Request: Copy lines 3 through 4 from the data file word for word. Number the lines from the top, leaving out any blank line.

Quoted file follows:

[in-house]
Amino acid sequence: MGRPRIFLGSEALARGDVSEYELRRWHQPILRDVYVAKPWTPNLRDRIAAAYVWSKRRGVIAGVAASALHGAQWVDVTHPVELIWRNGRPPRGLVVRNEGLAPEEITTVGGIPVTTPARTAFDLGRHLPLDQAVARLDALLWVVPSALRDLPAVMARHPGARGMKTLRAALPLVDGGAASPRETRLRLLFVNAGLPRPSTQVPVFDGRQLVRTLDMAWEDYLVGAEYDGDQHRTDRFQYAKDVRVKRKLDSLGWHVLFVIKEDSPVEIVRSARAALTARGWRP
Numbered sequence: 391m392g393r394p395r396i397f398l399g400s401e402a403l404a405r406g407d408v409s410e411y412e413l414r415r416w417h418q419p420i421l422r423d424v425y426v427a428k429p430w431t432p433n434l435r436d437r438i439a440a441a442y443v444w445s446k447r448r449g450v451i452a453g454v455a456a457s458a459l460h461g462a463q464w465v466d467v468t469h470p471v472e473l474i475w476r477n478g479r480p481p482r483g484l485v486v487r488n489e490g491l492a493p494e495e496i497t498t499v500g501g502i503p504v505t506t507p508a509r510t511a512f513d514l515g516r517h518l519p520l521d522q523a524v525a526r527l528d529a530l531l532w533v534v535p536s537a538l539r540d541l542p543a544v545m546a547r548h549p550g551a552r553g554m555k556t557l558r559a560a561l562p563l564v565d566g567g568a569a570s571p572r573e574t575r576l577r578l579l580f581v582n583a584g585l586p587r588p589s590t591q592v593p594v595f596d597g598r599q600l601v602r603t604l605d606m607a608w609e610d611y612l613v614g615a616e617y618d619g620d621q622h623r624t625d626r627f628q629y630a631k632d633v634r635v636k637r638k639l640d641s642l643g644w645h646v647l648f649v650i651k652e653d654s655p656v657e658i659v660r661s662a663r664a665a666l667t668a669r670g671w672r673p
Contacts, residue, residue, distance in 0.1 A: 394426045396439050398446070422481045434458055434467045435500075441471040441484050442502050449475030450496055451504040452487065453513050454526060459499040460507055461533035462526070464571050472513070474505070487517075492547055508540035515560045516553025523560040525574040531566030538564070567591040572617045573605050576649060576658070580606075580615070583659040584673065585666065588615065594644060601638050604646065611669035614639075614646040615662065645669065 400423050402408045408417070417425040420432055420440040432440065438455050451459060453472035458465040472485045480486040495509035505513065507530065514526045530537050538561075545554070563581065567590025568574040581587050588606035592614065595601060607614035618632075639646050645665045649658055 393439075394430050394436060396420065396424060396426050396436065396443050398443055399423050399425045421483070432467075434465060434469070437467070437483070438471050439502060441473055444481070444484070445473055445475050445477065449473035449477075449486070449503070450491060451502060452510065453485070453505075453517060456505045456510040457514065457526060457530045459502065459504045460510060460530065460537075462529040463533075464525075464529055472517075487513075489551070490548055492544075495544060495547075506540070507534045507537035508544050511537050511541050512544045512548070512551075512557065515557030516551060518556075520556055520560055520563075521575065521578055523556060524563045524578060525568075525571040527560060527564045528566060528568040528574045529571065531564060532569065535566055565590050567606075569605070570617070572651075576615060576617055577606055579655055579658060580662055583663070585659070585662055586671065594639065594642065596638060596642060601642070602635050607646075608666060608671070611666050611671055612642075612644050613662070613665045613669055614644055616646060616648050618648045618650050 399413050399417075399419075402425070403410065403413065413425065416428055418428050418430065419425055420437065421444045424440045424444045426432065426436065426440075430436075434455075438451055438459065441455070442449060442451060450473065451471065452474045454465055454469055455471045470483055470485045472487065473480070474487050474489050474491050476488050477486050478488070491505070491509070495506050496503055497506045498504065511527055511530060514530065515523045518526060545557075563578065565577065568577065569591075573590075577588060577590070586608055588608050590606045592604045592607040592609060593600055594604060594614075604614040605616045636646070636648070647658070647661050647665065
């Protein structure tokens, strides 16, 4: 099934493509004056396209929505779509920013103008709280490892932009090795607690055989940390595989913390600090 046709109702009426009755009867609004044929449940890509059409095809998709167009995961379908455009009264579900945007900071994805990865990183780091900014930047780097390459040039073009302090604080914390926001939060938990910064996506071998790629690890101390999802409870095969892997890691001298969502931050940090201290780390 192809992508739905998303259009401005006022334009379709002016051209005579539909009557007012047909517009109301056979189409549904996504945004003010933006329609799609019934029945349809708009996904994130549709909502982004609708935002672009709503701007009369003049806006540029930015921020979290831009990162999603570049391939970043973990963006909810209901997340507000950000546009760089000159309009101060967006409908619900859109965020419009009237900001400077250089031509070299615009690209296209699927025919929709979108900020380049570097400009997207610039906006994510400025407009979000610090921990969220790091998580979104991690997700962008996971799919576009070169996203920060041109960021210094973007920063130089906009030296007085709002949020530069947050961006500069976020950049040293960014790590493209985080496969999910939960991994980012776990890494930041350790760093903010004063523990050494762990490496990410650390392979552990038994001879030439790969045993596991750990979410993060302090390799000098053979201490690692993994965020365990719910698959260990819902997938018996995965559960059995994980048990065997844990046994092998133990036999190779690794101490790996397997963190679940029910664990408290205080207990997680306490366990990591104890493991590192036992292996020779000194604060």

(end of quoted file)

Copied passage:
Numbered sequence: 391m392g393r394p395r396i397f398l399g400s401e402a403l404a405r406g407d408v409s410e411y412e413l414r415r416w417h418q419p420i421l422r423d424v425y426v427a428k429p430w431t432p433n434l435r436d437r438i439a440a441a442y443v444w445s446k447r448r449g450v451i452a453g454v455a456a457s458a459l460h461g462a463q464w465v466d467v468t469h470p471v472e473l474i475w476r477n478g479r480p481p482r483g484l485v486v487r488n489e490g491l492a493p494e495e496i497t498t499v500g501g502i503p504v505t506t507p508a509r510t511a512f513d514l515g516r517h518l519p520l521d522q523a524v525a526r527l528d529a530l531l532w533v534v535p536s537a538l539r540d541l542p543a544v545m546a547r548h549p550g551a552r553g554m555k556t557l558r559a560a561l562p563l564v565d566g567g568a569a570s571p572r573e574t575r576l577r578l579l580f581v582n583a584g585l586p587r588p589s590t591q592v593p594v595f596d597g598r599q600l601v602r603t604l605d606m607a608w609e610d611y612l613v614g615a616e617y618d619g620d621q622h623r624t625d626r627f628q629y630a631k632d633v634r635v636k637r638k639l640d641s642l643g644w645h646v647l648f649v650i651k652e653d654s655p656v657e658i659v660r661s662a663r664a665a666l667t668a669r670g671w672r673p
Contacts, residue, residue, distance in 0.1 A: 394426045396439050398446070422481045434458055434467045435500075441471040441484050442502050449475030450496055451504040452487065453513050454526060459499040460507055461533035462526070464571050472513070474505070487517075492547055508540035515560045516553025523560040525574040531566030538564070567591040572617045573605050576649060576658070580606075580615070583659040584673065585666065588615065594644060601638050604646065611669035614639075614646040615662065645669065 400423050402408045408417070417425040420432055420440040432440065438455050451459060453472035458465040472485045480486040495509035505513065507530065514526045530537050538561075545554070563581065567590025568574040581587050588606035592614065595601060607614035618632075639646050645665045649658055 393439075394430050394436060396420065396424060396426050396436065396443050398443055399423050399425045421483070432467075434465060434469070437467070437483070438471050439502060441473055444481070444484070445473055445475050445477065449473035449477075449486070449503070450491060451502060452510065453485070453505075453517060456505045456510040457514065457526060457530045459502065459504045460510060460530065460537075462529040463533075464525075464529055472517075487513075489551070490548055492544075495544060495547075506540070507534045507537035508544050511537050511541050512544045512548070512551075512557065515557030516551060518556075520556055520560055520563075521575065521578055523556060524563045524578060525568075525571040527560060527564045528566060528568040528574045529571065531564060532569065535566055565590050567606075569605070570617070572651075576615060576617055577606055579655055579658060580662055583663070585659070585662055586671065594639065594642065596638060596642060601642070602635050607646075608666060608671070611666050611671055612642075612644050613662070613665045613669055614644055616646060616648050618648045618650050 399413050399417075399419075402425070403410065403413065413425065416428055418428050418430065419425055420437065421444045424440045424444045426432065426436065426440075430436075434455075438451055438459065441455070442449060442451060450473065451471065452474045454465055454469055455471045470483055470485045472487065473480070474487050474489050474491050476488050477486050478488070491505070491509070495506050496503055497506045498504065511527055511530060514530065515523045518526060545557075563578065565577065568577065569591075573590075577588060577590070586608055588608050590606045592604045592607040592609060593600055594604060594614075604614040605616045636646070636648070647658070647661050647665065